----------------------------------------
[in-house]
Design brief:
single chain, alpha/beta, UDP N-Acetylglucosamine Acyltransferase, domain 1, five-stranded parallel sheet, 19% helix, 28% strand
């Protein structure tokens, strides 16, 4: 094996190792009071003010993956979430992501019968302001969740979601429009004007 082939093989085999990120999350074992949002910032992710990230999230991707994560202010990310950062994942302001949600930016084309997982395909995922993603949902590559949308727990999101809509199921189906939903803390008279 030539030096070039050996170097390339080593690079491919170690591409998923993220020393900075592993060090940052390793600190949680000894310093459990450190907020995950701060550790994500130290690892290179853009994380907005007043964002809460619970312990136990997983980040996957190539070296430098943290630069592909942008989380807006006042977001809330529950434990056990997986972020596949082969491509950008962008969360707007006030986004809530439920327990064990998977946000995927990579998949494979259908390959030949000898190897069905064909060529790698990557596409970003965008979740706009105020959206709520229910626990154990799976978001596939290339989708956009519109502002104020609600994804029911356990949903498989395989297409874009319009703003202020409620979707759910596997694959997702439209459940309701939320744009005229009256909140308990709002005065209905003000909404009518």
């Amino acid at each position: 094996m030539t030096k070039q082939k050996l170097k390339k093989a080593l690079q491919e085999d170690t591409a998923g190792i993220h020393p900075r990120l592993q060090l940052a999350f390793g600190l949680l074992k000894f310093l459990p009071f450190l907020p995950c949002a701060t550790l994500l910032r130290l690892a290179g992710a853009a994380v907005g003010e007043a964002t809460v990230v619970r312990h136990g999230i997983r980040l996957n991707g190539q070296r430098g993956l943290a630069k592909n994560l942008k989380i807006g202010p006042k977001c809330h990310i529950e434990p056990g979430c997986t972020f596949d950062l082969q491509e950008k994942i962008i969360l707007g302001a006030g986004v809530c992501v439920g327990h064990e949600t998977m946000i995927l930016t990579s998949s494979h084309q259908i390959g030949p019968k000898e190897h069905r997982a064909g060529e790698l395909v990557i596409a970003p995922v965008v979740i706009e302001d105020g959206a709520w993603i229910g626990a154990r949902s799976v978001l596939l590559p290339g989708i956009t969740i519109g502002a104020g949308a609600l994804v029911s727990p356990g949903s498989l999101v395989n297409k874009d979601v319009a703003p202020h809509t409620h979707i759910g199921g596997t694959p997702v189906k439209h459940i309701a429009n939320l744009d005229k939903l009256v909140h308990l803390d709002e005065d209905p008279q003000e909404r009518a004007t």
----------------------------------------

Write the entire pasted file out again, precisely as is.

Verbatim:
[in-house]
Design brief:
single chain, alpha/beta, UDP N-Acetylglucosamine Acyltransferase, domain 1, five-stranded parallel sheet, 19% helix, 28% strand
């Protein structure tokens, strides 16, 4: 094996190792009071003010993956979430992501019968302001969740979601429009004007 082939093989085999990120999350074992949002910032992710990230999230991707994560202010990310950062994942302001949600930016084309997982395909995922993603949902590559949308727990999101809509199921189906939903803390008279 030539030096070039050996170097390339080593690079491919170690591409998923993220020393900075592993060090940052390793600190949680000894310093459990450190907020995950701060550790994500130290690892290179853009994380907005007043964002809460619970312990136990997983980040996957190539070296430098943290630069592909942008989380807006006042977001809330529950434990056990997986972020596949082969491509950008962008969360707007006030986004809530439920327990064990998977946000995927990579998949494979259908390959030949000898190897069905064909060529790698990557596409970003965008979740706009105020959206709520229910626990154990799976978001596939290339989708956009519109502002104020609600994804029911356990949903498989395989297409874009319009703003202020409620979707759910596997694959997702439209459940309701939320744009005229009256909140308990709002005065209905003000909404009518």
């Amino acid at each position: 094996m030539t030096k070039q082939k050996l170097k390339k093989a080593l690079q491919e085999d170690t591409a998923g190792i993220h020393p900075r990120l592993q060090l940052a999350f390793g600190l949680l074992k000894f310093l459990p009071f450190l907020p995950c949002a701060t550790l994500l910032r130290l690892a290179g992710a853009a994380v907005g003010e007043a964002t809460v990230v619970r312990h136990g999230i997983r980040l996957n991707g190539q070296r430098g993956l943290a630069k592909n994560l942008k989380i807006g202010p006042k977001c809330h990310i529950e434990p056990g979430c997986t972020f596949d950062l082969q491509e950008k994942i962008i969360l707007g302001a006030g986004v809530c992501v439920g327990h064990e949600t998977m946000i995927l930016t990579s998949s494979h084309q259908i390959g030949p019968k000898e190897h069905r997982a064909g060529e790698l395909v990557i596409a970003p995922v965008v979740i706009e302001d105020g959206a709520w993603i229910g626990a154990r949902s799976v978001l596939l590559p290339g989708i956009t969740i519109g502002a104020g949308a609600l994804v029911s727990p356990g949903s498989l999101v395989n297409k874009d979601v319009a703003p202020h809509t409620h979707i759910g199921g596997t694959p997702v189906k439209h459940i309701a429009n939320l744009d005229k939903l009256v909140h308990l803390d709002e005065d209905p008279q003000e909404r009518a004007t």